The North Carolina State Fair in mid-October offers craft demonstrations, livestock exhibits and competitions, top-notch concerts, games, rides, side shows, food, and other family-friendly entertainment. The Greater Raleigh Antique Show at the State Fairgrounds takes place in November, as does the six-day handicrafts and entertainment of the Carolina Christmas Show. November's Raleigh Christmas Parade kicks off the holiday season, which includes December's Holiday Festival at the North Carolina Museum of Art; the Christmas Celebration on the Mall in downtown Raleigh which features the lighting of the state Christmas tree; annual performances of A Christmas Carol and The Nutcracker; and candlelight tours through a variety of historic homes decked out for the holiday season. First Night Raleigh on December 31 welcomes the new year with performances, visual arts, food, and a midnight countdown downtown. The Home and Garden Show in February offers 100,000 square feet of springtime gardens, flowers, designer rooms, seminars, and hundreds of home product displays at the Raleigh Convention and Conference Center.
Sports for the Spectator
Sports Travel magazine has rated Raleigh as one of the "hottest sports cities" in the country. Raleigh's state-of-theart Entertainment and Sports Arena hosts the city's first major league professional franchise, the National Hockey League's Carolina Hurricanes. With seating for more than 20,000 people, the arena is one of the premier event venues in the southeast. The Arena Football League's Carolina Cobras also play at the Entertainment and Sports Arena.
Celebrated college sports teams in Raleigh and the Research Triangle area include the North Carolina State University Wolfpack, who play their basketball games at the Entertainment and Sports Arena and their football games at Carter-Finley Stadium; the University of North Carolina Tarheels; and the Duke University Blue Devils. Two professional baseball teams are located within a 30-mile radius. A farm team of the Tampa Bay Devil Rays, the Durham Bulls play from April through August at Durham Bulls Athletic Park. The Carolina Mudcats, a Double A professional baseball affiliate of the Colorado Rockies, play home games at Five County Stadium in Zebulon. Sports fans also enjoy the athletic events at Raleigh's Shaw University and St. Augustine's College.
Sports for the Participant
Raleigh citizens take pride in their extensive recreational assets. The city's Parks and Recreation Department has more than 7,300 acres of park land and green spaces and more than 1,300 acres of water. Forty-one miles of greenway with 24 different trails can be found throughout the city. Park facilities include 19 community centers and 8 different organized sports teams for adults and youths, as well as 21 public golf courses, 112 lighted tennis courts, and 8 public swimming pools.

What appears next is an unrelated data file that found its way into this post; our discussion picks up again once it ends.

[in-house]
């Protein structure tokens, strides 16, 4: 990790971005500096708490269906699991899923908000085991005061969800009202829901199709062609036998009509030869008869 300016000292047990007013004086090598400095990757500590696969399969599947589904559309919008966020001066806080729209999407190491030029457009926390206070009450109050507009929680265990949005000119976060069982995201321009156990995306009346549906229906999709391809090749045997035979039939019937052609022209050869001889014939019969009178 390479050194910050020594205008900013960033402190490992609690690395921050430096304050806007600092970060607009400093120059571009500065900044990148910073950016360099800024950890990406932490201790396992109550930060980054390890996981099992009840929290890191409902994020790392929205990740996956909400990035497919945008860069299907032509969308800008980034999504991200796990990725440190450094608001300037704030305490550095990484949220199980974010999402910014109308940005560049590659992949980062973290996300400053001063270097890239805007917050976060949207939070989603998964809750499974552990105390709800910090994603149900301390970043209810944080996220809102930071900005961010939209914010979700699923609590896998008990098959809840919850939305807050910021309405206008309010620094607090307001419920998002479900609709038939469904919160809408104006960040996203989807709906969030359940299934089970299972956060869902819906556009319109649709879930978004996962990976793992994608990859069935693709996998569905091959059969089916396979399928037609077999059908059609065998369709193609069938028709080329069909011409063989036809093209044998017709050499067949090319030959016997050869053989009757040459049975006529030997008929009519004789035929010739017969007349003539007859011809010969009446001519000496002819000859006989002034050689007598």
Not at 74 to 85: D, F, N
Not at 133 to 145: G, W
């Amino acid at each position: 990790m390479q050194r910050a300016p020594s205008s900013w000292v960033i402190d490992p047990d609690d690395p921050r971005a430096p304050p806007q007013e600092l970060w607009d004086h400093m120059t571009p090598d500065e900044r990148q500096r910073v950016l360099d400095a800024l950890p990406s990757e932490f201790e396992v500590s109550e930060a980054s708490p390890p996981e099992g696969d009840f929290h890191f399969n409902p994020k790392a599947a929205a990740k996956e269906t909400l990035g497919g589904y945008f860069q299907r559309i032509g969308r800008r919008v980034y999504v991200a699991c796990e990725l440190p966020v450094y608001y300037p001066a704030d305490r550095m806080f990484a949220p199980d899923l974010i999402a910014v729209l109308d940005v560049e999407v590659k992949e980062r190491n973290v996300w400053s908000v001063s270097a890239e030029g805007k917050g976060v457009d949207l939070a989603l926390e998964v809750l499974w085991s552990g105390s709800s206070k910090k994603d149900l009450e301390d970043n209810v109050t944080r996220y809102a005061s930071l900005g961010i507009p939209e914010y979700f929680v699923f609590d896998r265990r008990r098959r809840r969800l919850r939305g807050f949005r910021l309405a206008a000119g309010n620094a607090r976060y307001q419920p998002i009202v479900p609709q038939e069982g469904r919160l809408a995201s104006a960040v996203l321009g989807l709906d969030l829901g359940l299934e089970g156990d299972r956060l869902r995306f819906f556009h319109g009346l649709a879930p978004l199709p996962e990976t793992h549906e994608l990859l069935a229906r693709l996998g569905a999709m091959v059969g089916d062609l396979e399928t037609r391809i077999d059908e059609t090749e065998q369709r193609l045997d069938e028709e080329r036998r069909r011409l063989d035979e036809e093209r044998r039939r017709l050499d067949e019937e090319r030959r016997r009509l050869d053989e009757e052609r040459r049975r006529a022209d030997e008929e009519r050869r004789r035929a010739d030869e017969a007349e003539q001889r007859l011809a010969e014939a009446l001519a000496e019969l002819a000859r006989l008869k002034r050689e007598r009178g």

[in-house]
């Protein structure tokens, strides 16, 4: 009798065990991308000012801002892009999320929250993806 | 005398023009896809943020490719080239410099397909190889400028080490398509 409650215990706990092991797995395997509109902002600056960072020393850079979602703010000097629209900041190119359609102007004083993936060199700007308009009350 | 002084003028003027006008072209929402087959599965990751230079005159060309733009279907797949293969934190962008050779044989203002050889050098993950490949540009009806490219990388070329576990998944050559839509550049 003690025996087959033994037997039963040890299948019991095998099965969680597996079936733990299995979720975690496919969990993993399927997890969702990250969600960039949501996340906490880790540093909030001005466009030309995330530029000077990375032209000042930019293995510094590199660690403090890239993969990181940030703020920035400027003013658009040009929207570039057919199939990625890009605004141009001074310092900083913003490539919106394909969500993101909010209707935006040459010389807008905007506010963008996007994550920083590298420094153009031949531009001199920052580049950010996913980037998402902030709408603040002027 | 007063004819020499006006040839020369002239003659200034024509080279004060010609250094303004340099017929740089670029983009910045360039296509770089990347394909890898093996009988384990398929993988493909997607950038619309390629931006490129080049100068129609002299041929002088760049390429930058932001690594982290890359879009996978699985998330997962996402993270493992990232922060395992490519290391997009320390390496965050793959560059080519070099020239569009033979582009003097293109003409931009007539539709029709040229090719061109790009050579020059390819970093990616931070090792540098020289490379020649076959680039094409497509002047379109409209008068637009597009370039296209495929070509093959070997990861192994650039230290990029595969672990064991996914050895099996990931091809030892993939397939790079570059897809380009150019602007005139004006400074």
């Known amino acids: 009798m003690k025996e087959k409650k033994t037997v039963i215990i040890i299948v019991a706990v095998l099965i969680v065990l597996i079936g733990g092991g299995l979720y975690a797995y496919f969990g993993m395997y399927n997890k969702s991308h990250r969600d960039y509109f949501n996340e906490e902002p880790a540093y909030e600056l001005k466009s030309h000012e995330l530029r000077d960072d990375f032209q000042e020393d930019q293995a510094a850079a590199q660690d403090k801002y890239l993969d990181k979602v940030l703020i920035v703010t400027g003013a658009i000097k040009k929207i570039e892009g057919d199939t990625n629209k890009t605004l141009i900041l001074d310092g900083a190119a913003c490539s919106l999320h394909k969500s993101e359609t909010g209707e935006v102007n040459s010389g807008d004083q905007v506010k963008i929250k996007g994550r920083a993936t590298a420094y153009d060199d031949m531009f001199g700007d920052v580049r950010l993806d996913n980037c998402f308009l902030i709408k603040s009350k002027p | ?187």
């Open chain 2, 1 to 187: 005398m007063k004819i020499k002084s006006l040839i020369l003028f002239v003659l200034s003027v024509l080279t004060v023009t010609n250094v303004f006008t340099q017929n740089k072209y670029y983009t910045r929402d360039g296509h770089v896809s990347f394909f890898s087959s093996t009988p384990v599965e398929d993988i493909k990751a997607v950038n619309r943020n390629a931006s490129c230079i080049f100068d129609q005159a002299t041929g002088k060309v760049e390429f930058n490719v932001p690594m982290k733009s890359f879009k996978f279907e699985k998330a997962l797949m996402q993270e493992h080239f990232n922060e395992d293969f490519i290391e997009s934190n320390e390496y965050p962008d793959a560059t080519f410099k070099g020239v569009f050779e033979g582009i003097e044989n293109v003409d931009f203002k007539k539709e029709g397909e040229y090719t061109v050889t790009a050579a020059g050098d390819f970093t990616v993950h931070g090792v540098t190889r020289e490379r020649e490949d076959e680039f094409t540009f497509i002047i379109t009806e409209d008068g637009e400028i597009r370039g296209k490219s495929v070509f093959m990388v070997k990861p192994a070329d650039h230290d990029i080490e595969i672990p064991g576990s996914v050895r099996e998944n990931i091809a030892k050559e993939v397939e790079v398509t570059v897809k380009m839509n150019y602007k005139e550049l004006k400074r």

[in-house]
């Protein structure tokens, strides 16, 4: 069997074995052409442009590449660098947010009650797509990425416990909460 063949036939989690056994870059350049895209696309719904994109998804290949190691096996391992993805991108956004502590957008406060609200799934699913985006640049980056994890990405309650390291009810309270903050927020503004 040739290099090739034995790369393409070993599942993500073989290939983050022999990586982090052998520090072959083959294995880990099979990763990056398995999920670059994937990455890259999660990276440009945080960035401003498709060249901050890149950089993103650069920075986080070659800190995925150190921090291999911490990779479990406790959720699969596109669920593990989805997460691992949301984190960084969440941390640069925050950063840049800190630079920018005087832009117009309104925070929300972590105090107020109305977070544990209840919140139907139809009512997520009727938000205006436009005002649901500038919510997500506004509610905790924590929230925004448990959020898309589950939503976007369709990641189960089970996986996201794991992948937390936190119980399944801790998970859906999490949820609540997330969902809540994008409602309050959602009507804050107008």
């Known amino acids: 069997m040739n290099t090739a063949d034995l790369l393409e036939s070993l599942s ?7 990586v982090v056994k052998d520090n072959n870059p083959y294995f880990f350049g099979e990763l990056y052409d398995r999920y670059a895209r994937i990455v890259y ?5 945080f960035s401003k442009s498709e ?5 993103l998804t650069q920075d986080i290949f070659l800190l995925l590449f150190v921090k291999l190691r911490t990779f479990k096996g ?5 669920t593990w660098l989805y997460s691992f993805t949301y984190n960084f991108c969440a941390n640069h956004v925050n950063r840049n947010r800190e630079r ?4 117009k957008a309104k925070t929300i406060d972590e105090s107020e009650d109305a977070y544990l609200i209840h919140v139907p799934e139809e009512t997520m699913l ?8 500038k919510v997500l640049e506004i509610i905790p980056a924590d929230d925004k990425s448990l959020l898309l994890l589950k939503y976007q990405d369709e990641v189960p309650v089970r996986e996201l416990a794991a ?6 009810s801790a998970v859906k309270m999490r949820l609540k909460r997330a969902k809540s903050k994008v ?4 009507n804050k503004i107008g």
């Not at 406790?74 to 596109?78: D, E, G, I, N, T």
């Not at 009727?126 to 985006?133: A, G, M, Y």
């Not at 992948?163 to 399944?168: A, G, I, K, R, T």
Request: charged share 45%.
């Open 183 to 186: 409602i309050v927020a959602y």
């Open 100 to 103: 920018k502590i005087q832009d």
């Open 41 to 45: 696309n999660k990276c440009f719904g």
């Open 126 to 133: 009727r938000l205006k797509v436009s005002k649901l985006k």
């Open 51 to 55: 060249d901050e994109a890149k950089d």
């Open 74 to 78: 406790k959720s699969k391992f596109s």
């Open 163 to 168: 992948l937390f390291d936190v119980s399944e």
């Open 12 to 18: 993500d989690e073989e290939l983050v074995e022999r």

Major recreational sites include Pullen Park, a 65-acre inner city children's play facility with an aquatic center, complete with a 50-meter indoor pool; Umstead State Park, which offers picnicking, camping and hiking; Lake Wheeler, 650 acres of lake and park land offering boating, skiing, fishing, and picnicking; Shelley Lake, which can accommodate boating as well as bird watching, fishing, nature walks, jogging, and concerts; Falls Lake, a 12,000-acre facility with beaches, boat ramps, fishing, and picnic areas; Jordan Lake, a lakeside recreation area and marina that is the largest summertime home of the bald eagle in the eastern U.S.; and Lake Johnson, a 137-acre creek-fed lake with forests and a boathouse.
Shopping and Dining
Six shopping malls, featuring major department stores and popular clothing chains, and more than 100 shopping centers serve the Raleigh area. The shopping scene is made more interesting by the variety of local shops featuring original art, crafts, jewelry, children's boutiques, native gem jewelers, and garden shops, as well as burgeoning outlet stores. Antique shops are located all over the city, and settings range from flea markets to upscale import-export emporiums. Among the city's favorite shopping sites are Crabtree Valley Mall, North Hills, Tower Shopping Complex, Cameron Village, and Triangle Towne Center, which is currently undergoing redevelopment. The old mission-style City Market Building and adjacent Moore Square have been transformed into a festive retail district. The State Farmer's Market is also a fun place to shop for fresh produce, crafts items, and plants.
Greater Raleigh offers a wide variety of dining experiences, from steak houses, chain restaurants, and ethnic eateries (featuring French, Middle Eastern, Indian, Mexican, Chinese, Italian, and Japanese food) to down-home cooking. Ambience ranges from casual cafes to big screen sports bars to elegant dining rooms.
Visitor Information: Greater Raleigh Convention and Visitor's Bureau, 421 Fayetteville Street Mall, Suite 1505, PO Box 1879, Raleigh, NC 27602-1879; telephone (919)834-5900; toll-free (800)849-8499